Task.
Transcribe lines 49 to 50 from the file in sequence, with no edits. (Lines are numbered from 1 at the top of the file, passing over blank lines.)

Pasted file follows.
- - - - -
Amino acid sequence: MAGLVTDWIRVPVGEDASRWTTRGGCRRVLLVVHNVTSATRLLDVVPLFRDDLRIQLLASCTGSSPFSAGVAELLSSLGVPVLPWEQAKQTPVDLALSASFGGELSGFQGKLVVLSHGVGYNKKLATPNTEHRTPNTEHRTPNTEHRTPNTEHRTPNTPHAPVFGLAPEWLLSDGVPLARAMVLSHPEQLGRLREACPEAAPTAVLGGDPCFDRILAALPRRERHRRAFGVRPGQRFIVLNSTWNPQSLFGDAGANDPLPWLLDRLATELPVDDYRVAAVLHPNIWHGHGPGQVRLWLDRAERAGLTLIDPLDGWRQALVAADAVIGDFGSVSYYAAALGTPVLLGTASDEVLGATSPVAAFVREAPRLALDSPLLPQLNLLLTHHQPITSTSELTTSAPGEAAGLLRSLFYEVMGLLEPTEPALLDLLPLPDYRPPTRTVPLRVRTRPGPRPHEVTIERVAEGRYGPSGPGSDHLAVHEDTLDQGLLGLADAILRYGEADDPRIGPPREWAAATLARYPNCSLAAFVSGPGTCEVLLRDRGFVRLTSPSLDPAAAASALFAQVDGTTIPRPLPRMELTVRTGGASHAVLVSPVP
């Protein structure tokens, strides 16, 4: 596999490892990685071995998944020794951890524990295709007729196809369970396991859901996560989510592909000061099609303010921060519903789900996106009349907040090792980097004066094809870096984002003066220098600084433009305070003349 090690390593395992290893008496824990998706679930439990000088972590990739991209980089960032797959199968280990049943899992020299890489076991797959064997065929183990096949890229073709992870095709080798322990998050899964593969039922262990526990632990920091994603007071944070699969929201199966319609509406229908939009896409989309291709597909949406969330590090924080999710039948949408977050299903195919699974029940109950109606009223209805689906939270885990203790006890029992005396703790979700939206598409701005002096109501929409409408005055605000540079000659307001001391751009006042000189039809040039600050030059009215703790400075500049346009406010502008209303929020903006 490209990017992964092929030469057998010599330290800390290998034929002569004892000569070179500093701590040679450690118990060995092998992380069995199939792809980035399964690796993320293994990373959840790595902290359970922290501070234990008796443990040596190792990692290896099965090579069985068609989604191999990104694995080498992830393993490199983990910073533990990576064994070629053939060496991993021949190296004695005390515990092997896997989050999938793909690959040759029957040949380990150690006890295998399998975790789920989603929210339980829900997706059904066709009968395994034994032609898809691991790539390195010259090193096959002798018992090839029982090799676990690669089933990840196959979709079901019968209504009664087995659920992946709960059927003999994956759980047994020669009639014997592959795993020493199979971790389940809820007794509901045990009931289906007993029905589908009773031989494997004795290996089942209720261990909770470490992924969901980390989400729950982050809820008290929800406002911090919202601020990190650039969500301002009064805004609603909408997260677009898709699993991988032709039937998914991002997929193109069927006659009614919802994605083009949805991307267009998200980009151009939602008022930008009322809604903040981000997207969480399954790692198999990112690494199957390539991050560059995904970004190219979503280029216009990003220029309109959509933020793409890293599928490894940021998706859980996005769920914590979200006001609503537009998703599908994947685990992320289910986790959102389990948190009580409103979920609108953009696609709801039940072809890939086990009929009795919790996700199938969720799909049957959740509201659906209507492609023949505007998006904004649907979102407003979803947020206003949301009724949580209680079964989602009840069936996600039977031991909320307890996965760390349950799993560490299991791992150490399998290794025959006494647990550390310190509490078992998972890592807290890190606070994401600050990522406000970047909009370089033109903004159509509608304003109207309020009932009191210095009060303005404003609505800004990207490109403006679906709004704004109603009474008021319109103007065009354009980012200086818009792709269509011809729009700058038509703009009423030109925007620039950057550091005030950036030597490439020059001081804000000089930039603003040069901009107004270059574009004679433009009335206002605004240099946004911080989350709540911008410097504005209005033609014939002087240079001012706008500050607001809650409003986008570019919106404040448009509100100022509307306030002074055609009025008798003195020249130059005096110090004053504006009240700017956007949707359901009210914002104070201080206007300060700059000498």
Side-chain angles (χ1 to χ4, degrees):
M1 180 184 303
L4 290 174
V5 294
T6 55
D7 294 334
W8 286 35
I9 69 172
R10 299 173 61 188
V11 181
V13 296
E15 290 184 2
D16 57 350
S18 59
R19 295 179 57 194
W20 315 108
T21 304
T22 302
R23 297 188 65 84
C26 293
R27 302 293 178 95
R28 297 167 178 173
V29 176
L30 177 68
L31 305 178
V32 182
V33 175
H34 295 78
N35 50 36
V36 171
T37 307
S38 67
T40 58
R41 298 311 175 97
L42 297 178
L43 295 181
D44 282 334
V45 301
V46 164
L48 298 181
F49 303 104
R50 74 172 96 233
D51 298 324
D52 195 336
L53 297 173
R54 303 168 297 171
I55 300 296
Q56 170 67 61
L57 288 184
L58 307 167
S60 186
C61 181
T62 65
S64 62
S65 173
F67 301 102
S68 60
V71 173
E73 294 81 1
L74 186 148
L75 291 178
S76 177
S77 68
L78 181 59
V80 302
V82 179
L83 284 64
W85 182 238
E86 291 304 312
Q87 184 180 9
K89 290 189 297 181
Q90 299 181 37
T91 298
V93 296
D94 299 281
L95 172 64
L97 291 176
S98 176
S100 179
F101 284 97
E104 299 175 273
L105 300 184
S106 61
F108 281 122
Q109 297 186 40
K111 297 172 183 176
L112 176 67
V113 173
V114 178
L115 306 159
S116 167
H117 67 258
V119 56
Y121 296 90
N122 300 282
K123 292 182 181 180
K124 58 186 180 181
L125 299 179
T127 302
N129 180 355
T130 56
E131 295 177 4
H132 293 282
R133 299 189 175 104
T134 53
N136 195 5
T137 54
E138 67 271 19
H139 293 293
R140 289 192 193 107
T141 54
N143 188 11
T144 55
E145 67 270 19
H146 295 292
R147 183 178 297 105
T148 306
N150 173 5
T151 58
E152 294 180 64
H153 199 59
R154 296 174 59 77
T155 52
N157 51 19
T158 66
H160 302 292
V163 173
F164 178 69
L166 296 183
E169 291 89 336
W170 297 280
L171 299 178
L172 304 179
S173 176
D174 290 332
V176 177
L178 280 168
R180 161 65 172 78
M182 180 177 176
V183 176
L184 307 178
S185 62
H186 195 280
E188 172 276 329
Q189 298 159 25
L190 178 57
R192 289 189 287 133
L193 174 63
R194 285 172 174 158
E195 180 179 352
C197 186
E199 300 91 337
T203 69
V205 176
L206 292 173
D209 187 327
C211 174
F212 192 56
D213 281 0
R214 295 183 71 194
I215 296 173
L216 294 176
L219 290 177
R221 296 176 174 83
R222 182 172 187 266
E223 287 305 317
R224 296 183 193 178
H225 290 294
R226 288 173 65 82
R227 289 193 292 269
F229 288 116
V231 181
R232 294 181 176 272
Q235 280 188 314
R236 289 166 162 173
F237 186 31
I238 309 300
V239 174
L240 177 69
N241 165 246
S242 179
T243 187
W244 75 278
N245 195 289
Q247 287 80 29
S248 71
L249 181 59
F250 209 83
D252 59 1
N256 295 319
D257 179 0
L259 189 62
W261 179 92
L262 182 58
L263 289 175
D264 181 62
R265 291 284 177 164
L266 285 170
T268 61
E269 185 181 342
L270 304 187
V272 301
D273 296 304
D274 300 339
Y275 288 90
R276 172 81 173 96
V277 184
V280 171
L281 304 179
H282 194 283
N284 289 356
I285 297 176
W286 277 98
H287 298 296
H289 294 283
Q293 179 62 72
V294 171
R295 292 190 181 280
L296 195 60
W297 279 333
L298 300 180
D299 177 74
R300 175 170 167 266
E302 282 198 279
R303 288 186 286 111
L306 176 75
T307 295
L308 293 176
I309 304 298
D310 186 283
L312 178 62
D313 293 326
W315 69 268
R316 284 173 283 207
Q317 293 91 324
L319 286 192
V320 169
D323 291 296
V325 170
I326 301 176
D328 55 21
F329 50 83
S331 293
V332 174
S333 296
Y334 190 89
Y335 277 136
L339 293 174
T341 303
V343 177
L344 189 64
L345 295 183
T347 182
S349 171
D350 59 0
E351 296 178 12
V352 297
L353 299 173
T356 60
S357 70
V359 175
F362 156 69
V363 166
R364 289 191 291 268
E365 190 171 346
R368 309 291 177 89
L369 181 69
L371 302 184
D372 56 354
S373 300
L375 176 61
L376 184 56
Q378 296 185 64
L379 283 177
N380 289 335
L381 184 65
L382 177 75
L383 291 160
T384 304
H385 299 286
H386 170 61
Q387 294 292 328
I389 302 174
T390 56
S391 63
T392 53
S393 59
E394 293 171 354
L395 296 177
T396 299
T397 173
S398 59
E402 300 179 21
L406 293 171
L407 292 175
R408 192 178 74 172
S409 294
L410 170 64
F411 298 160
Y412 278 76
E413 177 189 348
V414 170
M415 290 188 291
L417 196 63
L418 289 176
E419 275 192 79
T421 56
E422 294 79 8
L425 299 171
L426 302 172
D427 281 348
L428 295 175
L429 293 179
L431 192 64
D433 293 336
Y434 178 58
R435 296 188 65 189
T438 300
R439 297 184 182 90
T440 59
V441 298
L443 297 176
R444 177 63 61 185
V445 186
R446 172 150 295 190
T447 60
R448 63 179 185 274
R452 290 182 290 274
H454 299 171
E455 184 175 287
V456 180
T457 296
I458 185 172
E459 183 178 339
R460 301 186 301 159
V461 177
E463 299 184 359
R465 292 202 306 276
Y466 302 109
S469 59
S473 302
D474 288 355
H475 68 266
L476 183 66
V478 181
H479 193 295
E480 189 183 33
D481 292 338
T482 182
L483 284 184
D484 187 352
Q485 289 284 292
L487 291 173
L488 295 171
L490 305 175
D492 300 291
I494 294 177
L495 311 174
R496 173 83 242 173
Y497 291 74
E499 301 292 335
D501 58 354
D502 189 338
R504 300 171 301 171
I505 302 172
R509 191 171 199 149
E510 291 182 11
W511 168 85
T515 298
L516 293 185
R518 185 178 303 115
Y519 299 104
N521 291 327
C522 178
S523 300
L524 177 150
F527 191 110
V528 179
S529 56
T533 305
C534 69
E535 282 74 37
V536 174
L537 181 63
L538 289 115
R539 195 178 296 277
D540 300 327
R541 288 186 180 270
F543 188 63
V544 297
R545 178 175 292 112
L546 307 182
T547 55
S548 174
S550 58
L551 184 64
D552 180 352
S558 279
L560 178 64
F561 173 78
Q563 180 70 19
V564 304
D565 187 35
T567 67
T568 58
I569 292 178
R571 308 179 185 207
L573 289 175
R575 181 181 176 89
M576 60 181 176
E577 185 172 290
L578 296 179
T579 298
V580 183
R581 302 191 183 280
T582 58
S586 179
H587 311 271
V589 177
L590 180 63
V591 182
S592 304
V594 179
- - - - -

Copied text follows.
I55 300 296
Q56 170 67 61